Certain psychic or magic items (such as a mirror of opposition) can create a copy of a creature. The alter ego template works well for generating such a creature and is particularly appropriate for a copy of a psychic spellcaster or another psychically sensitive individual. Depending on the effect that created the copy, it may be either a duplicate or an opposite. Unlike standard alter egos, duplicates usually have the same alignment as their progenitors, while opposites have the diametrically opposite alignment.
An alter ego is an artificial creature. It has no need to breathe, eat, or sleep, and rarely takes the time to do so unless it is actively masquerading as a living creature.
It is identical in size to its progenitor, but weighs only two-thirds as much.
Creating an Alter Ego
“Alter ego” is an acquired template that can be added to any corporeal creature that has an Int score of 3 or higher (referred to hereafter as the base creature). An alter ego uses all of the base creature’s statistics and special abilities except as noted here.
Challenge Rating: Same as base creature.
Alignment: Usually neutral.
Armor Class: Though it appears identical to its progenitor, an alter ego is formed from a solidified ectoplasm that is more yielding than flesh. Reduce the creature’s natural armor bonus by 2 (minimum +0).
Hit Dice: Change all the creature’s racial Hit Dice to d10s. All Hit Dice derived from class levels remain unchanged. As a construct, an alter ego doesn’t have a Constitution score, but as a construct it gains bonus hit points based on its size.
Defensive Abilities: An alter ego gains fast healing 1 (or fast healing 3 if it has 11 Hit Dice or more), DR 5/adamantine (or DR 10/adamantine if it has 11 Hit Dice or more), and the standard construct immunities and traits.
Attacks: An alter ego retains all the natural weapons, manufactured weapon attacks, and weapon proficiencies of the base creature. It also gains a slam attack that deals damage based on the alter ego’s size, but as if it were one size category larger than its actual size.
Ability Scores: Dex +4. As a construct, an alter ego has no Constitution score; treat it as having a Constitution score of 10 when determining hit points, save DCs, and other statistics that rely on a Constitution score.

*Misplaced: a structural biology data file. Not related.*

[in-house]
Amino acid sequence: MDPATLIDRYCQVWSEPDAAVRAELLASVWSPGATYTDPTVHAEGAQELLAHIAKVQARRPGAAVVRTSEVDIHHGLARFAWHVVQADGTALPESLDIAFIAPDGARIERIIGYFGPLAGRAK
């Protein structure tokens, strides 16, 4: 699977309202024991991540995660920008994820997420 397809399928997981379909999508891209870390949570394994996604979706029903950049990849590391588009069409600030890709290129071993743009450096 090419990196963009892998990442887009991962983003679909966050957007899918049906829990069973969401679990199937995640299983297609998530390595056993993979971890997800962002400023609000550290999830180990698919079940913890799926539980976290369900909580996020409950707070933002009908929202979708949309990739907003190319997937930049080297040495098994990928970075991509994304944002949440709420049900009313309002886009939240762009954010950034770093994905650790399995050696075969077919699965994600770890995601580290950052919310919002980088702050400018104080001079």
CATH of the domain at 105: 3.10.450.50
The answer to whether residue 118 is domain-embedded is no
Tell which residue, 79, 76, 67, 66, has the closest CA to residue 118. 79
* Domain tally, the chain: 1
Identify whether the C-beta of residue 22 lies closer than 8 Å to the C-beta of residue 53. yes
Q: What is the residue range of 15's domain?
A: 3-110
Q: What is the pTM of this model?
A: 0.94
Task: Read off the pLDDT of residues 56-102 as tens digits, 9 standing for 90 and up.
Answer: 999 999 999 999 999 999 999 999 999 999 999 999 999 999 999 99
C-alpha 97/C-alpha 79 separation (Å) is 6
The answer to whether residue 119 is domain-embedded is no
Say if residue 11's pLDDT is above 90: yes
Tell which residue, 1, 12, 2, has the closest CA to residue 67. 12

Feats: An alter ego gains Toughness as a bonus feat.
Special Qualities: An alter ego gains the following special qualities.
Progenitor Dependence (Su)
An alter ego is nauseated whenever it is more than 1 mile from the original creature of which it is a copy, so long as the original creature is alive.
Replicated Gear (Su)
An alter ego has a copy of each item of clothing and equipment (including any magic items other than single- or limited-use items such as wands, scrolls, and potions) that was in its progenitor’s possession at the moment when the alter ego was created. This equipment is fabricated of ectoplasm held in place by the alter ego’s mental energy. This equipment operates as normal for the alter ego. One round after leaving the alter ego’s possession (or 1 round after the alter ego is destroyed), this fabricated equipment dissolves into a thin, silvery mucus.
Sense Progenitor (Su)
An alter ego creature knows the direction and distance to the original creature of which it is a copy. This sense can be blocked by any effect that blocks scrying. An alter ego has detect thoughts and true seeing against its progenitor in effect at all times (CL 20th); these abilities cannot be dispelled.
Pathfinder Roleplaying Game Bestiary 6 © 2017, Paizo Inc.; Authors: Robert Brookes, Benjamin Bruck, John Compton, Paris Crenshaw, Adam Daigle, Crystal Frasier, James Jacobs, Thurston Hillman, Tim Hitchcock, Brandon Hodge, Jason Keeley, Isabelle Lee, Jason Nelson, Tim Nightengale, F. Wesley Schneider, David Schwartz, Mark Seifter, Todd Stewart, Josh Vogt, and Linda Zayas-Palmer.